Whether you're a believer in betterment via change-based-deadlines, or subscribe to self-reflection 365 days of the year, the fact probably remains that if you want a contract in 2018, your resume could maybe use a bit of the same contemplation right now.
Because, according to Forbes, an Applicant Tracking System will reject up to 75% of QUALIFIED candidates solely because their CVs weren't recognized by it. And you don't want resume resolutions to be among the other 80% that fail by February, so keep these eight in mind to beat the bots:
1. Include complete contact details
Your resume could be stunning, but there's no advantage to gain if it lacks contact details. Recruiters use something called a radial search by postal codes when they’re scanning for candidates, and if yours isn’t listed, your stunning resume doesn't exist. You always want to include your full address, email and mobile number on each page of your resume, specifically ensuring your postal code is listed.
2. Use keywords
Keywords provide a resume the access to getting passed the Applicant Tracking System (ATS). These picky bots are wily and will scan a resume for vital terms and phrases. It's why you should always tailor yours to each job description.
Resume keywords are the skills and qualifications used in the original job description, and the more times each pops out on your resume, the more likely you are to have in-depth knowledge of the technology or skill in the eye of a perspective employer.
And pay attention to detail, please! Keywords must be formatted to echo the original job description exactly— to an ATS, there’s a difference between “Microsoft Word,” “MS Word” and “Word.”
3. Be consistent
Lies make recruiters cry. And every resume you send into an ATS is kept on file. So, if you’re sending in multiple CVs with different dates, companies and titles – and they don’t match your LinkedIn profile or other resumes, there’s probably going to be questions raised about your work history. Ana Algernon, a Technical Recruiter with Procom agrees, "Never extend previous jobs to make it look like you were with that Client or company during the time you were actually unemployed. During a reference check, we will find out the exact end date and this can cause problems during an offer stage."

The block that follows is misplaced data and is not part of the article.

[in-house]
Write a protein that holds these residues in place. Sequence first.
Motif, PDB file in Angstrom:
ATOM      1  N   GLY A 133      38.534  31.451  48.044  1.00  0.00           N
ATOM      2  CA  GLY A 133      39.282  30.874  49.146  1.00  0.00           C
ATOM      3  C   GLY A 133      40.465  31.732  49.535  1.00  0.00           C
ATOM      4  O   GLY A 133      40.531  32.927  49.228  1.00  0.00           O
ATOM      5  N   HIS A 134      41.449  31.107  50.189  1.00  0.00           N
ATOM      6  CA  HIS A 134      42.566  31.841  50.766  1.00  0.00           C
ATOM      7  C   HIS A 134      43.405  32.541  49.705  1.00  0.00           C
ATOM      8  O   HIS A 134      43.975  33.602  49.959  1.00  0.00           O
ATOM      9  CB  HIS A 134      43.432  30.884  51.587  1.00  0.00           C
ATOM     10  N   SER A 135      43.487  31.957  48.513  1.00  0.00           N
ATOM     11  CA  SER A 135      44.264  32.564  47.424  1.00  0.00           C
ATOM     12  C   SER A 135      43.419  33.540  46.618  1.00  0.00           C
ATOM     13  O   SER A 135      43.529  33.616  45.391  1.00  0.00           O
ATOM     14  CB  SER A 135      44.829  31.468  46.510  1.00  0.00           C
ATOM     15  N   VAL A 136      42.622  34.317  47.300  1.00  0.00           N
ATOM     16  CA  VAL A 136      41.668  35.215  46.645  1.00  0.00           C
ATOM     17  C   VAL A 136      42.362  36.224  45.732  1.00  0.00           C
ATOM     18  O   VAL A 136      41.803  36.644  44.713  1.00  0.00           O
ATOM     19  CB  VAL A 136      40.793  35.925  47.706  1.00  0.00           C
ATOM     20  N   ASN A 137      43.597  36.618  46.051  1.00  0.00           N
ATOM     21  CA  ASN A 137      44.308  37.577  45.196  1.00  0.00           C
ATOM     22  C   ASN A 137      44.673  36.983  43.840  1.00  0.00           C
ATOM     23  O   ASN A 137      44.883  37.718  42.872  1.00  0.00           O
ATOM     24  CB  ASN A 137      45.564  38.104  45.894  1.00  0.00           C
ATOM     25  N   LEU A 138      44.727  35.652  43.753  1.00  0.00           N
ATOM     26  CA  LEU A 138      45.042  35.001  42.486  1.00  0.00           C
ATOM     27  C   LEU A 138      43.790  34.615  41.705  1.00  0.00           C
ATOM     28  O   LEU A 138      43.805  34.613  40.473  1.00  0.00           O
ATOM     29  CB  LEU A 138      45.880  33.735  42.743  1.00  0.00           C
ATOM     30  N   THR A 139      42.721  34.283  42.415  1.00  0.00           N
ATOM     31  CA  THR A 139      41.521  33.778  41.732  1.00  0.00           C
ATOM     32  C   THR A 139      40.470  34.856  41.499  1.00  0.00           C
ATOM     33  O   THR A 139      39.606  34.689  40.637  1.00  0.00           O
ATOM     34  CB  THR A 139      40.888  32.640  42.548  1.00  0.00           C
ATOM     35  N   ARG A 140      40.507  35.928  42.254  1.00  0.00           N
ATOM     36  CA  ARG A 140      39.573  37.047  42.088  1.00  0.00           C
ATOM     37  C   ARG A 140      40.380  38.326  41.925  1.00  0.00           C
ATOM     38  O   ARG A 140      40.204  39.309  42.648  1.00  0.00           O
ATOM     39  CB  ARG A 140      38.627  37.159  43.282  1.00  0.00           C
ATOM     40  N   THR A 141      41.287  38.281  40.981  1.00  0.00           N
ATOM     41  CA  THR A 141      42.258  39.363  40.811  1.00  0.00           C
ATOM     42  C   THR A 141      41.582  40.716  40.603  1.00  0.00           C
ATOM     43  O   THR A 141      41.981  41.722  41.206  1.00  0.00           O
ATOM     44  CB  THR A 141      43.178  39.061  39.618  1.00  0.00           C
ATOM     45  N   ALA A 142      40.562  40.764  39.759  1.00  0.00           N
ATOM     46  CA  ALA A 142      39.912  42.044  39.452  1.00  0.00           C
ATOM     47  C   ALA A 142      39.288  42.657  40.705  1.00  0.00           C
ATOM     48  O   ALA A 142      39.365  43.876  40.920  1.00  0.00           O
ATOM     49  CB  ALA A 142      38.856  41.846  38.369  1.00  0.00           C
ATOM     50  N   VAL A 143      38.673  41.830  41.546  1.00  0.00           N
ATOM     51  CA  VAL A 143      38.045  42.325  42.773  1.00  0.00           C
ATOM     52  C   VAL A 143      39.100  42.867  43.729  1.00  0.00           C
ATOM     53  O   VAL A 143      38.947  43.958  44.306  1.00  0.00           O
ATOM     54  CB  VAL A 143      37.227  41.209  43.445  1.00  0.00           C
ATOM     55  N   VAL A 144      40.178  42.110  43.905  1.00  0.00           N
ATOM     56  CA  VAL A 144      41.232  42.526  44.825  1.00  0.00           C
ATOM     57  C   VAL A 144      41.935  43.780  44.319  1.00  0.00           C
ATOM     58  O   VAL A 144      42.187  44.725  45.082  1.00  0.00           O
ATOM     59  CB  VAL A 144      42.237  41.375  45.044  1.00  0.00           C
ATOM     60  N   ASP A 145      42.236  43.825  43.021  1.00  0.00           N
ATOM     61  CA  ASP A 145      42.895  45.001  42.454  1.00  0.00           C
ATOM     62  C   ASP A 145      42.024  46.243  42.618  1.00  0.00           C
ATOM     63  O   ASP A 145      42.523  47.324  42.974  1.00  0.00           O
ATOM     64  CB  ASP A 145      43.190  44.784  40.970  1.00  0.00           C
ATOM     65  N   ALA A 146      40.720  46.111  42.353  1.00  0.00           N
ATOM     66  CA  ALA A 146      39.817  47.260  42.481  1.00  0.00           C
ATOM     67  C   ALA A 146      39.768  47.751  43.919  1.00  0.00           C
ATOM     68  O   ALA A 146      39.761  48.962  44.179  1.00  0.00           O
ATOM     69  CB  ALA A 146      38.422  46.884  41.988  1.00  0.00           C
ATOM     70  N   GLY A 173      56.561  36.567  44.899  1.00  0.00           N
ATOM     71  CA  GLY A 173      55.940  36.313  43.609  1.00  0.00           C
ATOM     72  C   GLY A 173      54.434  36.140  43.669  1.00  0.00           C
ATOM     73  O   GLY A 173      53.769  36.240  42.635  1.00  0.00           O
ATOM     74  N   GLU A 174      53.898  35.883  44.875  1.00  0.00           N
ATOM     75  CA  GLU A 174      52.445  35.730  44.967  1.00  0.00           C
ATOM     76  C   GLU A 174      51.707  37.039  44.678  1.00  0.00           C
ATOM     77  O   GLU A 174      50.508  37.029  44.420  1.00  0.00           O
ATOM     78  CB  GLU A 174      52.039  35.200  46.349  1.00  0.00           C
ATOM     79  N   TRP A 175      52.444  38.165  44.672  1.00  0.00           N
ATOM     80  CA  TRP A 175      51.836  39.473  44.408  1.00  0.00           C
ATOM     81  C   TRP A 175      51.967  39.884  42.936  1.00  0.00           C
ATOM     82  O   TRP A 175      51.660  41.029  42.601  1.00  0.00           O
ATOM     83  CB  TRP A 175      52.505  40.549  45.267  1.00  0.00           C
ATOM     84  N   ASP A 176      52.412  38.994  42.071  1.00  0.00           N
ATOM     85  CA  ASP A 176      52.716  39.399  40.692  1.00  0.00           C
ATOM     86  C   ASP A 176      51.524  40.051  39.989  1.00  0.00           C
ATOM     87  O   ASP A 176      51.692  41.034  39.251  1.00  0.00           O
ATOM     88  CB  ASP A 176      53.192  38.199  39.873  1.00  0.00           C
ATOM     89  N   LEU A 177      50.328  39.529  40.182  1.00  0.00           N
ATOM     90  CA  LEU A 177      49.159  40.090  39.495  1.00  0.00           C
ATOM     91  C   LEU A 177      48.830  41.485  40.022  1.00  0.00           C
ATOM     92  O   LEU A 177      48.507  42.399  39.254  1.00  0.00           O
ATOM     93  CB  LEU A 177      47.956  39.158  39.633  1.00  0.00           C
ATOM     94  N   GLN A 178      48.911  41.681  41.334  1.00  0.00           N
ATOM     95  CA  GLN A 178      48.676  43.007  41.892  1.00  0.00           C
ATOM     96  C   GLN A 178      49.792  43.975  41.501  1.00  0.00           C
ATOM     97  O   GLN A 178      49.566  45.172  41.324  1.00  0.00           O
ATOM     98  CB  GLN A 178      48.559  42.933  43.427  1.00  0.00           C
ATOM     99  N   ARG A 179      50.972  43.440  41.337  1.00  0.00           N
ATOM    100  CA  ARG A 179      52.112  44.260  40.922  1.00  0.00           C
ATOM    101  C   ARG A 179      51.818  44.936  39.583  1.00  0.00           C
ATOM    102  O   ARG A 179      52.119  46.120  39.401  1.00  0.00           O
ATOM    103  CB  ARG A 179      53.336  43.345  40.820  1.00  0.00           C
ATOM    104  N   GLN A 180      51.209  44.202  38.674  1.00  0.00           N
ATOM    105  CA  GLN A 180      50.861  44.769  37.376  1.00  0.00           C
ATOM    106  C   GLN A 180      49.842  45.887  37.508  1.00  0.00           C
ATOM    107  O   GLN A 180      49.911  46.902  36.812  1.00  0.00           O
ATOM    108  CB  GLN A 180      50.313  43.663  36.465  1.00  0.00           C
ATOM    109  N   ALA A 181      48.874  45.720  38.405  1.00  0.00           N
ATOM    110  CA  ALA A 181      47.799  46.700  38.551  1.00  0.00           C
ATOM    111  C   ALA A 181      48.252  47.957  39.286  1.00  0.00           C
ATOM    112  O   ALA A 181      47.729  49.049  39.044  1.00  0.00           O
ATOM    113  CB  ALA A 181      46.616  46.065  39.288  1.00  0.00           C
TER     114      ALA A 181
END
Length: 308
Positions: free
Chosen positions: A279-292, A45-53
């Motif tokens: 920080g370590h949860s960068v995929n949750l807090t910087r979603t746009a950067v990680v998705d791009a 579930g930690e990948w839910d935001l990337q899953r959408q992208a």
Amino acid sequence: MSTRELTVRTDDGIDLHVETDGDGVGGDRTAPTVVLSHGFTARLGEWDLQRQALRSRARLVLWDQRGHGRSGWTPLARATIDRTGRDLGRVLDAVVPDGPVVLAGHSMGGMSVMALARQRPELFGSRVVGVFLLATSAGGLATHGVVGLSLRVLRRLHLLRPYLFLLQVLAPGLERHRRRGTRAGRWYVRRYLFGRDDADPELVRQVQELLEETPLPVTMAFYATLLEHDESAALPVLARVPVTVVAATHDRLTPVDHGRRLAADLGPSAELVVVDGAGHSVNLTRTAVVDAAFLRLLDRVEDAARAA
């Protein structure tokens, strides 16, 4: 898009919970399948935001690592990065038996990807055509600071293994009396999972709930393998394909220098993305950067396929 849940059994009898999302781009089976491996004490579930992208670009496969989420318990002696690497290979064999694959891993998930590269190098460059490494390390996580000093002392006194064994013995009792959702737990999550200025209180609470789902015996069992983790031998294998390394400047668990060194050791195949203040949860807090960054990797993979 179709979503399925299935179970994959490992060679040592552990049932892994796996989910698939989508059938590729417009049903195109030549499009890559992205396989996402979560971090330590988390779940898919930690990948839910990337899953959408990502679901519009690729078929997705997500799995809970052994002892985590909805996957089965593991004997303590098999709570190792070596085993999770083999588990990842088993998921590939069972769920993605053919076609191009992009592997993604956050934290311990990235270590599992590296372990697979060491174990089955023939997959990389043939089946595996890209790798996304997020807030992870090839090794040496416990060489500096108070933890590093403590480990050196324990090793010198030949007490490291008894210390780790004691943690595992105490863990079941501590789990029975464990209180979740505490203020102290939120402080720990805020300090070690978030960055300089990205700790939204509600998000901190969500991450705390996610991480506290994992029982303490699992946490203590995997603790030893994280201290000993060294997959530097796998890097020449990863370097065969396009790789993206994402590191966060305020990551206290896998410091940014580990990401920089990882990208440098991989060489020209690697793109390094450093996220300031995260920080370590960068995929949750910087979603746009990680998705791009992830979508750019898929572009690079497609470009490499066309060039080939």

4. Review the 3 Cs
Keep your resume clean, clear and concise.
You may work hard, but you want your resume to be easy to read, so leave enough white space in between each position and remove any logos, graphs or photos. Highlight your work experience in reverse chronological order to demonstrate your work progression.
Determining resume relevancy is best left up to the robots and recruiters, so don’t attempt to stand out by bolding irrelevant words that will only negatively distract the eye—the same goes for different fonts and colours. Keep formatting simple!
5. Keep proofing!
Your resume is your professional first impression—and a direct reflection on your attention to detail and written communication skills. Use spell check! And after you’ve done that, check it again yourself. And after that, send it to someone you trust for another pair of fresh eyes. "Sixty per cent of surveyed recruiters will reject a candidate because of poor grammar or a spelling error on a CV– while managers and MSPs will especially decline you if the role is detail oriented-- even if you’re highly qualified," says Hilary Fisher, a Technical Recruiter with Procom.
6. Be quantifiable
In other words—the numbers. When you’re trying to show the value you can bring to a future employer, recruiters want to see what you’ve produced for the previous ones. List any stats that highlight revenue generated or the results of a project you supported. Remember though, figures don’t always have to be monetary to prove their worth. Make sure to include any percentages of achieved targets or time taken to deliver a piece of work or project.
7… And verifiable
In this day and age, you can’t run. And with social media, networks and everything else on the interweb, you can’t hide either. So, don’t put on your resume that you’re PMP certified if you've let your PMP lapse or include a magical undergrad degree that you never quite finished. Lying isn’t conducive to employment!
8. Avoid assumptions
Last but not least, remember: If it isn’t on your resume, it doesn’t exist! Don’t assume that because you’re a Business Analyst that recruiters and hiring managers will automatically know you’re involved in UAT and have written BRD’s. If you don’t say it on your resume, people won’t assume that you have it.
Any recruiter, staffing agency or hiring manager will agree that your resume should receive review each time you think about applying for a new opportunity. And, guess what? We can help you find one.